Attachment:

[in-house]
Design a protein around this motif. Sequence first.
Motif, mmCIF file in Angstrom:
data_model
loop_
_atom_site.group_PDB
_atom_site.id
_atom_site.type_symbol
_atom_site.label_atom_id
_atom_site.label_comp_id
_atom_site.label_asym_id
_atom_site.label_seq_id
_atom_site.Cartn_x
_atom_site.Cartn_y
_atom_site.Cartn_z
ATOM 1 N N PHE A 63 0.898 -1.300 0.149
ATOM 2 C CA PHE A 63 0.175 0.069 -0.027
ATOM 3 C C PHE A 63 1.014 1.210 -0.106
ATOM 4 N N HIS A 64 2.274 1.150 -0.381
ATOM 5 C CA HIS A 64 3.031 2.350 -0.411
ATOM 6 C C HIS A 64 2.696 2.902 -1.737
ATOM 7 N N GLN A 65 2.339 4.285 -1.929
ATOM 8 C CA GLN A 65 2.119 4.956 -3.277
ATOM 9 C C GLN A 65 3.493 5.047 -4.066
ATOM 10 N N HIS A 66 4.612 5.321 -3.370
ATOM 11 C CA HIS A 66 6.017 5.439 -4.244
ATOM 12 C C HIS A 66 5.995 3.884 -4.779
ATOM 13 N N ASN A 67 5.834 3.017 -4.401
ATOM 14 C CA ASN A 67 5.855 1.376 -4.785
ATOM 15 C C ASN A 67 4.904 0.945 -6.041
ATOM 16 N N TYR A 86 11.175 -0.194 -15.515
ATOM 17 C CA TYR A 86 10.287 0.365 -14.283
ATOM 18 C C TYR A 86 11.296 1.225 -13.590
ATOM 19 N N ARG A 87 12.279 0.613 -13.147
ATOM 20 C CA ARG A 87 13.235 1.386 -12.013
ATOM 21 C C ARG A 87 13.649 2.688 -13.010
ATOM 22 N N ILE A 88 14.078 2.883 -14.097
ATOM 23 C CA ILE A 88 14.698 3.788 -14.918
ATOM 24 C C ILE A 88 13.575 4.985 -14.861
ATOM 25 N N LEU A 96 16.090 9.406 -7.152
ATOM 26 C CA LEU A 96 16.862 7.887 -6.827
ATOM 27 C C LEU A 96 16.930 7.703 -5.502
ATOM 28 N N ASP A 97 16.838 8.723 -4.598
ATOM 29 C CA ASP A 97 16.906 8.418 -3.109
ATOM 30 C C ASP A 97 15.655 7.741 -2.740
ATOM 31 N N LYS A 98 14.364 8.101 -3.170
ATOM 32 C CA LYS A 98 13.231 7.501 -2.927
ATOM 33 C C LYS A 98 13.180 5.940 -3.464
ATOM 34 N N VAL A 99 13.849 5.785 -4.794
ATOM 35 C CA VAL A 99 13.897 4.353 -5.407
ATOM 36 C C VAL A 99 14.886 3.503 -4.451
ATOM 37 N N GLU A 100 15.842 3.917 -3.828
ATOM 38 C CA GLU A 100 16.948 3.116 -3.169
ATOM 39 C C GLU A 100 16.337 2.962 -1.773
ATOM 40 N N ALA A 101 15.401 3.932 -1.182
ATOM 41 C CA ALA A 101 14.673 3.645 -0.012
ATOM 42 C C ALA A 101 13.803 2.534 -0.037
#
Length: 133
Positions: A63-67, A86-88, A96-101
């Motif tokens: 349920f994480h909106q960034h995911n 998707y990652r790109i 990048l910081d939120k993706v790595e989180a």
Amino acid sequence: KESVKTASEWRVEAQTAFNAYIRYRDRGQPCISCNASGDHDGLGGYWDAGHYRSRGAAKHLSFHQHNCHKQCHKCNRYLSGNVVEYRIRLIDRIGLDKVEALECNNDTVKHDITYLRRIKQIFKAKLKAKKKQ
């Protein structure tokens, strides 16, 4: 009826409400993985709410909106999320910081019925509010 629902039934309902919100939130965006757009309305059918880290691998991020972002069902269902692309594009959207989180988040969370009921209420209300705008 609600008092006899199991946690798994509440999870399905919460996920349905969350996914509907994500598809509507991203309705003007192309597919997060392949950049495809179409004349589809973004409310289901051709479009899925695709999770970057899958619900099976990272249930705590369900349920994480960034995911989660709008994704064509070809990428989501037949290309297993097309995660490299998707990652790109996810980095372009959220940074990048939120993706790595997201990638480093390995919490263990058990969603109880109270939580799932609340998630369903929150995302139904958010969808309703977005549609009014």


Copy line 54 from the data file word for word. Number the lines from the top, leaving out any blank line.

ATOM 39 C C GLU A 100 16.337 2.962 -1.773